Start Your Day With The Usual Disappointing European Economic Data

Tyler Durden's picture

The quiet overnight session was started by comments from Buba's Weidmann, whose statement, among others, that the ECB will not cut interest rates just to weaken the EUR together with the assertion that the EUR is not seriously overvalued, sent the EURUSD briefly higher in pre-European open trading. Of secondary importance was his "hope" that the ECB will not have to buy bonds (it will once the market gets tired of Draghi open-ended verbal intervention), something he himself admitted when he said the ECB "may be forced to show its hand on OMT." The stronger EUR did not last long, and in a peculiar reversal from prior weeks when the European open led to a spike in the cross, saw the EURUSD dip to three week lows, touching on 1.3310, before modestly rebounding. This validity of the drop was confirmed two hours later when in the first key economic datapoint, it was revealed the Euroearea exports fell 1.8% in December, the most in five months. As SocGen said "the monthly trade data rounded off what has undoubtedly been a pretty dismal quarter for the euro area. Overall euro area exports fell by 1.8% m/m in December although this was offset by a even bigger 3% decline in imports - which itself reflects the weakness of domestic demand in some euro area countries. Maybe of more interest is the latest data on the destination of euro exports. These continue to show a pronounced weakness in global demand (albeit for November). This indicates that weakness in Q4 is not solely a domestic affair but also reflects a wider slowdown in the global economy."

SocGen is correct, and as the chart below shows, there is much more to the Chinese hard landing than the Politburo's liea, as European exports to China just dropped to a fresh multi-year low.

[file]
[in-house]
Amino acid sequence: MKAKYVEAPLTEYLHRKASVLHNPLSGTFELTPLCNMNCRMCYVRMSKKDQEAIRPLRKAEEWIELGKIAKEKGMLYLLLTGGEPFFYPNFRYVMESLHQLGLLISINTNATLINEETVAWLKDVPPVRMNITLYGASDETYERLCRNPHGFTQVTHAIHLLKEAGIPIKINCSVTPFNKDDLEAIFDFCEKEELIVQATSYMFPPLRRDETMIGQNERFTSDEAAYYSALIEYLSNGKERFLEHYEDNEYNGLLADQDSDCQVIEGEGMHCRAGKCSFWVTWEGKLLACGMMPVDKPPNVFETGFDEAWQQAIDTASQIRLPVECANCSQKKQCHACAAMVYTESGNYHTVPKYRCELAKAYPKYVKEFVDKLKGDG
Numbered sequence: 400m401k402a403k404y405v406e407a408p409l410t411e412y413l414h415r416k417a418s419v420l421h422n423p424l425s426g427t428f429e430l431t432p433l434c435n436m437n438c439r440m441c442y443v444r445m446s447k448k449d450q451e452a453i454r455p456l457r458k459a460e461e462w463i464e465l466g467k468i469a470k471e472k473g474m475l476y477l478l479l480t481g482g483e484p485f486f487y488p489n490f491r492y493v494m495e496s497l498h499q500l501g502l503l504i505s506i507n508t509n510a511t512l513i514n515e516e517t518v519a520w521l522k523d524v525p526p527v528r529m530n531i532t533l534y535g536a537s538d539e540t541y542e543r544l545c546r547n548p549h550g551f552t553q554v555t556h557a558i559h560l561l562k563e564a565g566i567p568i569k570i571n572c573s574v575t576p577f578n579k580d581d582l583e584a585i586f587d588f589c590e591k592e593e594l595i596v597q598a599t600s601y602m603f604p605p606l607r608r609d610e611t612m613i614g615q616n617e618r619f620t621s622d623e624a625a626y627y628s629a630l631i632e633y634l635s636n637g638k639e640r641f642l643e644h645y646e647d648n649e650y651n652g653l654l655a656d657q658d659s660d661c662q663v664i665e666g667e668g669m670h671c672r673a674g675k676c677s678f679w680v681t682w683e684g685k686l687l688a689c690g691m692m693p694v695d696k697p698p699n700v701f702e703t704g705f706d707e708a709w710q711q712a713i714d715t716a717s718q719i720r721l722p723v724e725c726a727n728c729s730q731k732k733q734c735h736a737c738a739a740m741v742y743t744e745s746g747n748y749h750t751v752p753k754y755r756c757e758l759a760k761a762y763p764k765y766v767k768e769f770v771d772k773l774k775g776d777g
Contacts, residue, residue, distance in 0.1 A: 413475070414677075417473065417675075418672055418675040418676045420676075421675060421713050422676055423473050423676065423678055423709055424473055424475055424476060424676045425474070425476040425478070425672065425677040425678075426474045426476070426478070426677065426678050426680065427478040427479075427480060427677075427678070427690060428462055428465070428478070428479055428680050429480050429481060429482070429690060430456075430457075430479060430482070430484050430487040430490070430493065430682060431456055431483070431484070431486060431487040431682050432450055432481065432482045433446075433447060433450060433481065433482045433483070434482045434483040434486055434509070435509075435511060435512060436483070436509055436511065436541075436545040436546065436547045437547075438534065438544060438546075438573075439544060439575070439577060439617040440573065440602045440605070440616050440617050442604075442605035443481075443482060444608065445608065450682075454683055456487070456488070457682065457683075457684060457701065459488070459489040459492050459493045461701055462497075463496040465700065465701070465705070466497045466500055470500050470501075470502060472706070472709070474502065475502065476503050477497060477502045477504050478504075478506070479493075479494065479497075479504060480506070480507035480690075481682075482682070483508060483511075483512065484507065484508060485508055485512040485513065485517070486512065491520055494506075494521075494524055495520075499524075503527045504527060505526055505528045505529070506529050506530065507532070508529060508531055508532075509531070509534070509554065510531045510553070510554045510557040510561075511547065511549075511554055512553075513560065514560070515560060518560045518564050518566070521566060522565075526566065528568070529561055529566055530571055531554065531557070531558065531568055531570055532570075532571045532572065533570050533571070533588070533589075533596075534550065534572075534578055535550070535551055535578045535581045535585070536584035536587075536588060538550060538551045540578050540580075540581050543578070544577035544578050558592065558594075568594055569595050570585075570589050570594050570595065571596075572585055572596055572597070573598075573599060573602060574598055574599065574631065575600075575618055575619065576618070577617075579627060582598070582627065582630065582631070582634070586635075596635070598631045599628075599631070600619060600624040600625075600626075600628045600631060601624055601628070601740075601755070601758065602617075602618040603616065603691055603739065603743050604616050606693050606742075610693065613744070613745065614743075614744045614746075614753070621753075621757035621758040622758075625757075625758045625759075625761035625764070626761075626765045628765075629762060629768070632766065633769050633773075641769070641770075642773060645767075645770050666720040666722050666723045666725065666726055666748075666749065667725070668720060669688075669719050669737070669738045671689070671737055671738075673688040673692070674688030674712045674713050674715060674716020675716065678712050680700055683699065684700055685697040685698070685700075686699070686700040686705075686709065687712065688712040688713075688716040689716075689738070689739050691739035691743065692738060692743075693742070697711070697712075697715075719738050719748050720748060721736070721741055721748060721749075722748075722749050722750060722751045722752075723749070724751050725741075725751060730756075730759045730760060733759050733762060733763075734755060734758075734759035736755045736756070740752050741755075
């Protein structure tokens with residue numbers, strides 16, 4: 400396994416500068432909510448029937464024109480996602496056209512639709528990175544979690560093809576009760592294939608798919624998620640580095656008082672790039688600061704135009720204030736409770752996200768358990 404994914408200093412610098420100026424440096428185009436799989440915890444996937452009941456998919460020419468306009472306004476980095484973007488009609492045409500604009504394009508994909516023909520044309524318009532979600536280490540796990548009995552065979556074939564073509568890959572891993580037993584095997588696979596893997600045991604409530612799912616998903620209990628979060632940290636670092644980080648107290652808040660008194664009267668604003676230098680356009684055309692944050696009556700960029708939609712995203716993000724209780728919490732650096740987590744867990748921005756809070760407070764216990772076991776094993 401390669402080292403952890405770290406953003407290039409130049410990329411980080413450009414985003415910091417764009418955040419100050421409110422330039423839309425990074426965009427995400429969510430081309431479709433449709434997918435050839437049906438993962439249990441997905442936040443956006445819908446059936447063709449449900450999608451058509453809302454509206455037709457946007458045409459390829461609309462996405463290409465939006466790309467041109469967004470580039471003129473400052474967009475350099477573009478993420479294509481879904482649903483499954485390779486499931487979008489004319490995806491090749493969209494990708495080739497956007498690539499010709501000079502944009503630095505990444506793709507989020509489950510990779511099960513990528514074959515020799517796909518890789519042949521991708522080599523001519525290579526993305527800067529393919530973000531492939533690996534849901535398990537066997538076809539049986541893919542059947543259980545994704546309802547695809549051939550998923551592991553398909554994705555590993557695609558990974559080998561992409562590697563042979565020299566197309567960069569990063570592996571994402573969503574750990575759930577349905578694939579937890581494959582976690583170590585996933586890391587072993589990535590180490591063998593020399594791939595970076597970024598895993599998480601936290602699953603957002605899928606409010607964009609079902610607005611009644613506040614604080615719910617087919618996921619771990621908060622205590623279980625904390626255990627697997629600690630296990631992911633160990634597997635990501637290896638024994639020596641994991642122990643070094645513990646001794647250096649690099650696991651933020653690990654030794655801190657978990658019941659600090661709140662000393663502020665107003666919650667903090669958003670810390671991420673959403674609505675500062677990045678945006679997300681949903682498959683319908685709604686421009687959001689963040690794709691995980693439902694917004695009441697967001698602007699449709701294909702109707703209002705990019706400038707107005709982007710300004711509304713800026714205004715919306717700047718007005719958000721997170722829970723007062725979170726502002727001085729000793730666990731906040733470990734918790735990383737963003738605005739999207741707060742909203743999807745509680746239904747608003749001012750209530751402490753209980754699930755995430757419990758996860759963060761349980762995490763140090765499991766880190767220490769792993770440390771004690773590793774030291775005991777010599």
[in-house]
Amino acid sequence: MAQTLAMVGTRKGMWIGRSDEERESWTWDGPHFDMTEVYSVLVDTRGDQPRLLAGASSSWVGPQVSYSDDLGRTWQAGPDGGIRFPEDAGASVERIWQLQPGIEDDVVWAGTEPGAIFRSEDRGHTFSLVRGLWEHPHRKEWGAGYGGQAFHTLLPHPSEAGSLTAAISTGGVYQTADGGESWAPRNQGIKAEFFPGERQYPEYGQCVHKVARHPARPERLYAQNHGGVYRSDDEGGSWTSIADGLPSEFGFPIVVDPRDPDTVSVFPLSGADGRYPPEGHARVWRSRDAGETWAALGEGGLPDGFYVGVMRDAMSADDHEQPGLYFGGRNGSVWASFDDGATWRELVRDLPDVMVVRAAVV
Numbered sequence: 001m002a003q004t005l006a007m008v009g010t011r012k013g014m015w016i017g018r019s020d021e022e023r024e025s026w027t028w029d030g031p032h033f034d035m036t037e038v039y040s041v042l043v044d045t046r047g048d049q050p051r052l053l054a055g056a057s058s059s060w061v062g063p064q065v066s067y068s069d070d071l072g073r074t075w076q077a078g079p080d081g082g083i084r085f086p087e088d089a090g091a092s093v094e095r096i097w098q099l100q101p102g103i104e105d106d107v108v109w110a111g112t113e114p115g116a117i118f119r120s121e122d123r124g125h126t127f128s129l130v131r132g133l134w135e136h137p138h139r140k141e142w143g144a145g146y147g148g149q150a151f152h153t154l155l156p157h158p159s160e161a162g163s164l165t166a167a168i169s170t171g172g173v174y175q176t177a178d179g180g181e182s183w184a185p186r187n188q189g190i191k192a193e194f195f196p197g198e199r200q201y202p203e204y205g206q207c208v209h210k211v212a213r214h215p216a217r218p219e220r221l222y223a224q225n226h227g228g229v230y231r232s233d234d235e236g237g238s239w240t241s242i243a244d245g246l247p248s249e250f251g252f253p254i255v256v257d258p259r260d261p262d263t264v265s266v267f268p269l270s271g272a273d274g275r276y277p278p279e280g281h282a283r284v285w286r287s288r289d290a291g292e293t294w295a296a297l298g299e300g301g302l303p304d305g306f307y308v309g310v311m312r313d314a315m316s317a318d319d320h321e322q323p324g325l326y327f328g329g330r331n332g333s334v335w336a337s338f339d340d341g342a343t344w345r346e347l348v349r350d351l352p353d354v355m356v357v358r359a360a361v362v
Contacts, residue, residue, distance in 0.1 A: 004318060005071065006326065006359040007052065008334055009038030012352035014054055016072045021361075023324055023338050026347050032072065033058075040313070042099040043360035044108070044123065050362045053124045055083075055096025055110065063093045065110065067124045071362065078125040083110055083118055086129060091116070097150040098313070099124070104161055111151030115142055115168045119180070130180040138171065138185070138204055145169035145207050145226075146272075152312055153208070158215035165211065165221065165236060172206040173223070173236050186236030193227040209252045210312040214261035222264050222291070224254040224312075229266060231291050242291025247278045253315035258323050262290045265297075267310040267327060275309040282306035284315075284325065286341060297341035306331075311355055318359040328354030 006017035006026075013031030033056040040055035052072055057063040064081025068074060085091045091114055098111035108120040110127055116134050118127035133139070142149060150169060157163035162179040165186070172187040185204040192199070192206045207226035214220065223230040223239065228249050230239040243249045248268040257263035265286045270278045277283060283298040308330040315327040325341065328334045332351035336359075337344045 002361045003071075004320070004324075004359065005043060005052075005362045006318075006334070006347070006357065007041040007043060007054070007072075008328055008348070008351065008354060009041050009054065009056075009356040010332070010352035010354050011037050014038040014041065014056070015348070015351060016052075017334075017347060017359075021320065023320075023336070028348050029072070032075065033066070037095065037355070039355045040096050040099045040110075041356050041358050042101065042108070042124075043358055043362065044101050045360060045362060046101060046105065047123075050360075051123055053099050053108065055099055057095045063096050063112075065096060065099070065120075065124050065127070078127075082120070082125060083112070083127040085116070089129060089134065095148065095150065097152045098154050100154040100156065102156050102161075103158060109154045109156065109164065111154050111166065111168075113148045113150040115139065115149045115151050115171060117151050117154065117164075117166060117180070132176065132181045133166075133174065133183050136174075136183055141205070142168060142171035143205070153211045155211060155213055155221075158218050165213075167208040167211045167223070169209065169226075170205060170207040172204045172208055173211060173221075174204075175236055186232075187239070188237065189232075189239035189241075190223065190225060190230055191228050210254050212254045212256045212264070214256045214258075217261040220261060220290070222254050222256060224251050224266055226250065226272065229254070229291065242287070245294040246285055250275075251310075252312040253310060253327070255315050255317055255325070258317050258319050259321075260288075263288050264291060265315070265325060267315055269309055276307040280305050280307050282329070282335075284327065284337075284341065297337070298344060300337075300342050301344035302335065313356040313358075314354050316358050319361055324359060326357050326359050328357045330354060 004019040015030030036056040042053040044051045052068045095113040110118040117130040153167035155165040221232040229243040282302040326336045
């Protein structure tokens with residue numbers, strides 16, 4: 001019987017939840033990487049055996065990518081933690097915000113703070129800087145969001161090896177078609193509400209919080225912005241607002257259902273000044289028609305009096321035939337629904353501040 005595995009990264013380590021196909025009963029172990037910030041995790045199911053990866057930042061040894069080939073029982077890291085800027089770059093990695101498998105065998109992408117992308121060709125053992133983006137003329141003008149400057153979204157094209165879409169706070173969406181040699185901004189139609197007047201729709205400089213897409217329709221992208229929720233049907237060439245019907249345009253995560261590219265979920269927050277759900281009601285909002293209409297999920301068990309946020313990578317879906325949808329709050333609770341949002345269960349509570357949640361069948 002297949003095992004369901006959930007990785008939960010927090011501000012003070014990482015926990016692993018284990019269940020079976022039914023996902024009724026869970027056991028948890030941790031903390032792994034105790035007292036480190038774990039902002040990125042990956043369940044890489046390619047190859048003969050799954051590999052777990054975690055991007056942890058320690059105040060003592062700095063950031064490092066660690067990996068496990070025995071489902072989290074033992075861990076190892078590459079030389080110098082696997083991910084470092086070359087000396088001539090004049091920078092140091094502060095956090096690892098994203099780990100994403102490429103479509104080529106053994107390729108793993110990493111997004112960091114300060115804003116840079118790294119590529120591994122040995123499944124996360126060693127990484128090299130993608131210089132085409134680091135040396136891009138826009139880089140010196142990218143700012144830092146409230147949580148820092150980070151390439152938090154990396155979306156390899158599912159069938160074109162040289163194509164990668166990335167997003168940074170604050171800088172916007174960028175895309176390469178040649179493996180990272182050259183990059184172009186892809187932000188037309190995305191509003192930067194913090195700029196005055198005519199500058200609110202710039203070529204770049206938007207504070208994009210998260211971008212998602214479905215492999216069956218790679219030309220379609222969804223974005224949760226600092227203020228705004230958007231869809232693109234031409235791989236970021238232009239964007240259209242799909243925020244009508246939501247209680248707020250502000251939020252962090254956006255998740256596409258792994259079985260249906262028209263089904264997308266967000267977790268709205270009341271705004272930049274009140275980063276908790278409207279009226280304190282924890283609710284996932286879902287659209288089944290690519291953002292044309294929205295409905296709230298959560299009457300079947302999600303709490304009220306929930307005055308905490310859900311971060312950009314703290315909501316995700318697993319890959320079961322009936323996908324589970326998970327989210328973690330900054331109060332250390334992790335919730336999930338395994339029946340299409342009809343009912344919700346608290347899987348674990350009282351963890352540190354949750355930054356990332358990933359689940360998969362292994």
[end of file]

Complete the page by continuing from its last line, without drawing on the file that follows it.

The other key economic news of the night was yet another economic miss in the UK, where retail sales ex autos/fuel dropped -0.5% on expectations of a +0.5% print, best summarized laughably by Goldman as "retail sales hit by the January snow... the weakness of today's data was largely caused by the unusually bad weather." These excuses are just getting plain silly.

Finally, despite expectations for a major repayment in today's LTRO put back announcement, only 9 banks repaid some €3.79 billion in LTRO funds, even smaller than last week's €4.99 billion repaied by 21 banks.

Various other key overnight news from Bloomberg:

  • Treasuries steady, 10Y headed for weekly decline; yen gains vs. dollar as G-20 finance chiefs and bankers meet in Moscow amid speculation of a currency war.
  • Japanese ruling party lawmaker Kozo Yamamoto said a race to devalue currencies would spark global growth, dismissing German criticism of Prime Minister Shinzo Abe’s plans for monetary easing which have weakened the yen
  • Bundesbank’s Jens Weidmann said an appreciating euro alone won’t trigger a cut in interest rates and the exchange rate’s gains are justified by the economic outlook; EUR/USD reached 14-month and 3-yr highs against USD and JPY earlier this month